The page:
Day 6 and we were out of the Lake District. Time enough to look back on mountains that hold so many memories
An amble up hill from Bampton took us through Shap with its Lime works and over the M6 motorway
After the noise of the M6 the tranquility of the walk into Orton was much appreciated
Orton, the perfect place to rest… it has a pub and chocolate factory!
Day 7 took us into the Yorkshire Dales with their characteristic stone barns
The archetypal English view
Although lacking the dramatic edge of the Lakes, Rayseat was still beautiful
As we closed in on Kirkby Stephen we encountered this Sheep on a wall. Clearly stuck we elected to leave it… how were we to know which side it came from!
Tramping downhill into Kirkby Stephen my mind was filled with thoughts of the Indian restaurant that awaited
Day 8 started with the climb up Nine Standards Rigg
Atop the Rigg sit the Nine Standards themselves. As with so many old things in the UK, no one really knows why they are there. The strong winds on the summit had us both laughing
Once over Nine Standards Rigg we descended down Whitsun Dale towards Ravenseat and then Keld
Day 9 out of Keld gave us some tremendous views of the Yorkshire Dales
Keld is on the junction of the Pennine Way and Coast-to-Coast and therefore gets a fair amount of hiking traffic. Looking back on the tiny village makes the heart glad of the opportunity to rest up there
Soon the rolling greenery around the River Swale was replaced by the scared landscape of mine country
Between Melbecks and Friarford Moors there is little but spoil heaps and crazy old men
On our way down to Level House Bridge we crossed the 100 mile mark
Old Gang Smelt Mill on Mill Gill, lays bear the industrial past of this area of Yorkshire
Day 9 ended in Reeth where we took a day off to relax and recoup
The views around Reeth were quintessentially Yorkshire
Day 11 and we were back on the trail. The route out of Reeth first took us through the village of Marrick
And then the beautiful little village of Marske
As we start to follow the River Swale into Richmond a short climb up to Applegarth Scar affords more amazing Dales views
Richmond, the largest town on the route didn’t look particularly large as we approached
But it was big enough for us. And famed for its castle
After a stop for lunch and coffee in Richmond we carried on down the Swale to spend a forgettable night in Catterick Bridge
Day 12 is what I’d called a utility day. A long flat trudge between the Yorkshire Dales and Moors. We saw plenty of this…
… a fair amount of this…
… climbed loads of these…
… saw more than a few farm animals…
… and generally meandered our way from sign to sign. But with a blazing hot sun the day was still an enjoyable one
As was forecast, we awoke on Day 13 to torrential rain. The rain was heavy all day, sometimes falling down and sometimes sideways, but always wet and cold.
Our first day in the Yorkshire Moors I know from my previous trip that we missed out on some fantastic views. We saw nothing, but survived. You can’t expect to hike in the north of England in September without getting a bit wet!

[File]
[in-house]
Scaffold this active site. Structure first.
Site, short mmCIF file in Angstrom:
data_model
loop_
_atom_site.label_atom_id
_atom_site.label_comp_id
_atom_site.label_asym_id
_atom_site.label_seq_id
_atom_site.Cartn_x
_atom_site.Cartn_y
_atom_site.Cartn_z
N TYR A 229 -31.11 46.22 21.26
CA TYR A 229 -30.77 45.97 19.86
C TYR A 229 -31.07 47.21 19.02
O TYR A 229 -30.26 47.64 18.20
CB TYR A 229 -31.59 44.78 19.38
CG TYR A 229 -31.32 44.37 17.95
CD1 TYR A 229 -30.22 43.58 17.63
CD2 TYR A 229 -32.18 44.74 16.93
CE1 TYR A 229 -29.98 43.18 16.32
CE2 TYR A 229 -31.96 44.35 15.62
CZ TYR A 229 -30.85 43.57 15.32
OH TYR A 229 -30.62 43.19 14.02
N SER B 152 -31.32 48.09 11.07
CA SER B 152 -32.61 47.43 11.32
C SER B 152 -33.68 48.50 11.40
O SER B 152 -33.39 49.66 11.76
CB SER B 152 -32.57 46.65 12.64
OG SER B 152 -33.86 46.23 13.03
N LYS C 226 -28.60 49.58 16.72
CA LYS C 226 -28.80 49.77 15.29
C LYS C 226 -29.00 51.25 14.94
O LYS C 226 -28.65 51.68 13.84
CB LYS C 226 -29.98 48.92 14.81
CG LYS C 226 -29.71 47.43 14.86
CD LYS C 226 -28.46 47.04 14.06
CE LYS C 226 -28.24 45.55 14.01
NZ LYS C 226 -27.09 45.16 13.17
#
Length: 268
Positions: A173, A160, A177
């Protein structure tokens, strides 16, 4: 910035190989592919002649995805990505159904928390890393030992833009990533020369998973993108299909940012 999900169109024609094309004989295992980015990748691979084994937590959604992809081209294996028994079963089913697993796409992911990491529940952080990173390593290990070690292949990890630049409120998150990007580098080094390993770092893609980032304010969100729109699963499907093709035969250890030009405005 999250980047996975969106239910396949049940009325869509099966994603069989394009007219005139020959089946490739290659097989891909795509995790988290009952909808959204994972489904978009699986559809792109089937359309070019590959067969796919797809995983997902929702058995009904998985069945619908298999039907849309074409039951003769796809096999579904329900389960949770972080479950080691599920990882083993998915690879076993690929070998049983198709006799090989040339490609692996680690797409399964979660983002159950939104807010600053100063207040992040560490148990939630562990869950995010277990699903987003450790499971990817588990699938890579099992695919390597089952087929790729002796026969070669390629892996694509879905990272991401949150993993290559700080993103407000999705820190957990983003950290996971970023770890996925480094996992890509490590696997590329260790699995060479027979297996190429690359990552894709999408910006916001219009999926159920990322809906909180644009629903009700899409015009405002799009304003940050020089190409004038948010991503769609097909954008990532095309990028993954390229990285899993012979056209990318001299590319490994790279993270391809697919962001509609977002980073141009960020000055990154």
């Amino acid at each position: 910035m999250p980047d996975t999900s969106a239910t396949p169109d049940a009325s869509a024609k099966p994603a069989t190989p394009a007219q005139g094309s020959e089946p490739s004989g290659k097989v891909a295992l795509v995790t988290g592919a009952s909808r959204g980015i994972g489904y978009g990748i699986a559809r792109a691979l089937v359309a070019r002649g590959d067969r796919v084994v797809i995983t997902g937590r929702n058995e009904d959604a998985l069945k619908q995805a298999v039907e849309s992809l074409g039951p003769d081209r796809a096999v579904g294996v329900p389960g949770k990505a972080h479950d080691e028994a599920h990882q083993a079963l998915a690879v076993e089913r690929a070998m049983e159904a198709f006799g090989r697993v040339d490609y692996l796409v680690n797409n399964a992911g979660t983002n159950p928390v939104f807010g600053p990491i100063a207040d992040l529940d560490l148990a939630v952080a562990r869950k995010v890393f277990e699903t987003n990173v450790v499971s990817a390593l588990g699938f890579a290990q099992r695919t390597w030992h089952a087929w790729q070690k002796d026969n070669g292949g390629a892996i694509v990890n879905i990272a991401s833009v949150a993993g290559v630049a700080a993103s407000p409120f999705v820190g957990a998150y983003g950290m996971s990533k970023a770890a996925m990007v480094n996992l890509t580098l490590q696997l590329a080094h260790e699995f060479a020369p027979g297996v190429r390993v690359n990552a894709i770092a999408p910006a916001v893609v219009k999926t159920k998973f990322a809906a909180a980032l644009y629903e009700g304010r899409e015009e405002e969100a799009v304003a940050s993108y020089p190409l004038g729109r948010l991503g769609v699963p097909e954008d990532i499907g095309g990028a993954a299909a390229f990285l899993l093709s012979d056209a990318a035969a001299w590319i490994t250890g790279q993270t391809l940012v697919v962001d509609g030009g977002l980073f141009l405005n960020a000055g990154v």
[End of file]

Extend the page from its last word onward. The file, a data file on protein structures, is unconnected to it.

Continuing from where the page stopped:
On our 14th day we set out from Beak Hills farm in mist and fog but were informed that if it was ‘misty by 7 it would be clear by 11’. And it was.
Finding our way back to the C2C route from Beak Hills farm required a little bit of freestyling
Once back on route we were immediately met by the imposing Wain Stones
Sure enough the mist lifted to reveal the true majesty of a walk along the edge of the Yorkshire Moors
Climbing up Carr Ridge onto Round Hill gave us plenty of opportunity to embrace our new moorland environment
Lack of accommodation opportunities took us on a detour down into Rosedale. It was well worth it as we spent a very comfortable night here, in Rosedale Abbey
The hike back up Rosedale on Day 15 was gorgeous and fascinating. Again we encountered evidence of mining and the scars of industry past
One last look down Rosedale and we popped up onto Glaisdale Moor
Many years ago someone decided to lay flag stones on the path across Glaisdale Moor. This made our return to the main C2C route infinitely easier
Back on the main route we were soon passed Great Fryup Dale and heading down to Glaisdale
We spent our last night on the trail in Grosmont, a village famous for its operational steam railway
Heads full of weather forecasts of potentially heavy rain showers we started the climb out of Grosmont. Day 16 and our final days walking on the Coast-to-Coast
The grade of the slope out of Grosmont was over 30%. Sometimes it feels good to be on two feet and not a loaded bike!
As we rose up onto Black brow the sheep were still asleep. Never in my life have I seen as many sleeping or plain lazy sheep as I did in that 16 days
Descending down to Littlebeck the North Sea became clearly visible behind the town of Whitby
A charming little walk up May Beck through Great Wood bought us to this, The Hermitage. For no apparent reason a chap called George Chubb decided to hollow this shelter out of the rock in 1790. Good for him
Our final lunch was eaten on Normanby Hill Top. Must have been a good apple!
After moving through High Hawkser Robin Hood’s Bay started to feel close
And there we were, we’d reached the North Sea and had walked across England
All that remained was a few miles stunning coastal walking
Before we could see the end… Robin Hood’s Bay
Another descent, but this time we have steps! Only the charming town of Robin Hood’s Bay now separated us from the end of our amazing walk
The North Sea is getting closer…
And we’re there. I dip my toes in the water just as I did 16 days previous in Irish Sea
We made it! With no problems and great company I couldn’t have asked for a better experience on the Coast-to-Coast. A very different walk to last time I tried it
That’s two happy Haley’s
As you can see from the pictures we had a fantastic few days hiking on the Coast-to-Coast path. Although recognized as a 191 mile route we took a few detours that bumped our total distance walked to a shade under 200 miles. Aside from one day of heavy rain as we entered the Yorkshire Moors, the weather was fantastic and treated us kindly. I have to give great thanks to my Dad for organizing our trip so well, being fantastic company and paying for the bulk of everything. We both satisfied a deep craving, took an opportunity by the scrap of the neck and made a dream come true. Now a yearning has been replaced by precious memories that will never die. Thanks Dad.
For the full photo diary of our hike please click here